The lecture is part of the week-long Fish Passage 2018 conference, which will be hosted by the Charles Sturt University (CSU).Institute for Land, Water and Society, and NSW Department of Primary Industries (DPI).

The meeting gathers experts from around the world to discuss the latest technologies to help migrating fish such as the iconic Murray cod to negotiate dam walls and barrages and reach important breeding grounds.

The conference co-chair, Dr Lee Baumgartner, is recognised throughout Australia and South East Asia for his work in adapting fish passages to the needs of native fish and the local people who depend on these fisheries for food and recreation.

“A number of significant issues are affecting native fish populations in rivers in the Riverina, including the blocking of migration routes by dams and weirs,” Dr Baumgartner said.

“This conference will focus on how we can help our native species avoid or overcome some of these issues using smart technologies such as fishways, also known as or fish ladders.

The conference will also showcase innovative technologies used to monitor fish migrations like radio tags, acoustic tags, microchips and the “Salmon Cannon” from Whoosh Innovation. All will be on display during the conference and at the public lecture by Dr Hogan.

“Dr Hogan has long advocated for maintaining fish migration routes, which are essential for spawning and feeding. He is supporting our cause by showing off some of Australia’s megafish such as the Murray cod which have previously featured on his National Geographic show, Monster Fish,” Dr Baumgartner said, pictured left.

“Dr Hogan has caught megafish across the globe. He will take the audience on a journey on the importance of big fish and how migrations are essential for their long term survival.

“Entry is free and open to the public, and families are especially welcome. It will be a wonderful opportunity for people of all ages to connect with all things fish.”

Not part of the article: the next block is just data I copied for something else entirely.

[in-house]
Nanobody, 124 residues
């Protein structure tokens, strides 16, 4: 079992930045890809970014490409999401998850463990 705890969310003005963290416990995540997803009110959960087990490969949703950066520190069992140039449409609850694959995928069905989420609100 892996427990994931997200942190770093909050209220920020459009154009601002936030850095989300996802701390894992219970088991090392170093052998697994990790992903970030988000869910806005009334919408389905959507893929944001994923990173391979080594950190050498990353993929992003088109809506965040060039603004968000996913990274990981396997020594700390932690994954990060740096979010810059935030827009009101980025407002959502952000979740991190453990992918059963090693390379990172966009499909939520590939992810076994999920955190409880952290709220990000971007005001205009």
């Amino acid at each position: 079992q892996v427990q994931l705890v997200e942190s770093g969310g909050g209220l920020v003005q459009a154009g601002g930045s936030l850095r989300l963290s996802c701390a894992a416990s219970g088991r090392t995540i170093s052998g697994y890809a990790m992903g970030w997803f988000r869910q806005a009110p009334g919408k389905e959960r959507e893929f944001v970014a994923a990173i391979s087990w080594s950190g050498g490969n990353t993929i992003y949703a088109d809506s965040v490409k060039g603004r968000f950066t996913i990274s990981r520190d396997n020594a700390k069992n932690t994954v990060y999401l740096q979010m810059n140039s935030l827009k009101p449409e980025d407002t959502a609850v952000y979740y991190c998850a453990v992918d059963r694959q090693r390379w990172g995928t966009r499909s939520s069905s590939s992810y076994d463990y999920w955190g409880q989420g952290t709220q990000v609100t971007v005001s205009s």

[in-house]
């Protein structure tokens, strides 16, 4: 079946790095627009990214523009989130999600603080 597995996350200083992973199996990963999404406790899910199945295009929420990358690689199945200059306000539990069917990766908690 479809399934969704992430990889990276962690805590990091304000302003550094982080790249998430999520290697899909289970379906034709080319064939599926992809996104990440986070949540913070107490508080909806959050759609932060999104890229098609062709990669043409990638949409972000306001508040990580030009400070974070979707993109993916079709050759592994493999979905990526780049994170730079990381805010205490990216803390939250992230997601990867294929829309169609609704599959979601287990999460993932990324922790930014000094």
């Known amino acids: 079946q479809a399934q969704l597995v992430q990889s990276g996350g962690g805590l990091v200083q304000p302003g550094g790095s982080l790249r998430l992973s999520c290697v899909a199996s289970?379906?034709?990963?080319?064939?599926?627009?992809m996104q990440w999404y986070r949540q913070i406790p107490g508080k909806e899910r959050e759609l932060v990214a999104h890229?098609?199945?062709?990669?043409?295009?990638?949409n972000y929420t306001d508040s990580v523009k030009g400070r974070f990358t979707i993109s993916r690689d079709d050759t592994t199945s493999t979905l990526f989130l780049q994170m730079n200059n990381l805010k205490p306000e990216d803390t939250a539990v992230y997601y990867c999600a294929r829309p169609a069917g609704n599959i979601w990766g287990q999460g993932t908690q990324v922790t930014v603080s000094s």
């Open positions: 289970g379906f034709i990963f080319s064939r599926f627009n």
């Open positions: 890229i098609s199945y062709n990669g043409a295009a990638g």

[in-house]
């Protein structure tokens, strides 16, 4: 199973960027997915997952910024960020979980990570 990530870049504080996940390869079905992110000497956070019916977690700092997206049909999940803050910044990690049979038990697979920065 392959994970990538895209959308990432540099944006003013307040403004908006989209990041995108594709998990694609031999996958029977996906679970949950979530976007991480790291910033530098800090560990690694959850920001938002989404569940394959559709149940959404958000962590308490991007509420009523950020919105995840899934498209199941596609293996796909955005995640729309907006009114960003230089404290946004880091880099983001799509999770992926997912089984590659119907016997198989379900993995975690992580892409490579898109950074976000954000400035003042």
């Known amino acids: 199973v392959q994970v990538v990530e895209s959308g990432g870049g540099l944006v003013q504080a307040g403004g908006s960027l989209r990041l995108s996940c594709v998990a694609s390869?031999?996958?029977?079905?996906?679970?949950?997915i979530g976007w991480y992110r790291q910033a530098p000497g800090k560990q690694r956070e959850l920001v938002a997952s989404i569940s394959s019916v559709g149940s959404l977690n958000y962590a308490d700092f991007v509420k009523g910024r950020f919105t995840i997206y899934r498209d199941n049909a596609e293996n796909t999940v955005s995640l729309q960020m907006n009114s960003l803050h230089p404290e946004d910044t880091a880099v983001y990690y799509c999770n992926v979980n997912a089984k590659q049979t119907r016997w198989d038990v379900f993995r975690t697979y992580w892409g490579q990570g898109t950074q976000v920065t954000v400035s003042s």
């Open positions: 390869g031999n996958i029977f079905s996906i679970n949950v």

Tickets to hear about Dr Zeb’s amazing adventures with big fish are now available from the Albury Entertainment Centre, which will host the free lecture between 7 and 9 pm. A ticket will be required to gain entry and the event will open to the public from 6pm.

In addition to Dr Hogan, attendees will be able to view the scientific poster display and chat with exhibitors on a range of innovations related to fish.

Book here to attend the free Zeb Hogan lecture.

Media Contact: Wes Ward, 0417 125 795

Media Note:

Contact CSU Media to arrange interviews with Dr Lee Baumgartner, who is based at CSU in Albury-Wodonga.

For details on the upcoming Fish Passage 2018 conference in Albury, go to the conference website.

Bootcamp to exercise innovators’ business brains

Wednesday 24 Oct 2018

* Innovative ideas from CSU-Hume Bank Life Tech Challenge 2018 have been invited to a CSU Bootcamp to advance business ideas

* Challenge entries were judged on creativity, use of technology, and impact on people

* CSU’s mission is to build skills and knowledge in its regions

Charles Sturt University (CSU) is hosting a weekend-long innovation boot camp for all finalists in the Hume Bank’s Life Tech Challenge 2018, starting on Friday 26 October.

The Hume Bank Life Tech Challenge 2018 gathered innovative people who have an idea to improve a standard of living through technology.

The CSU Innovation Bootcamp will be held at CSU in Albury-Wodonga from the afternoon of Friday 26 to Sunday 28 October. It is designed to take participants through the essential steps to propel their business ideas forward.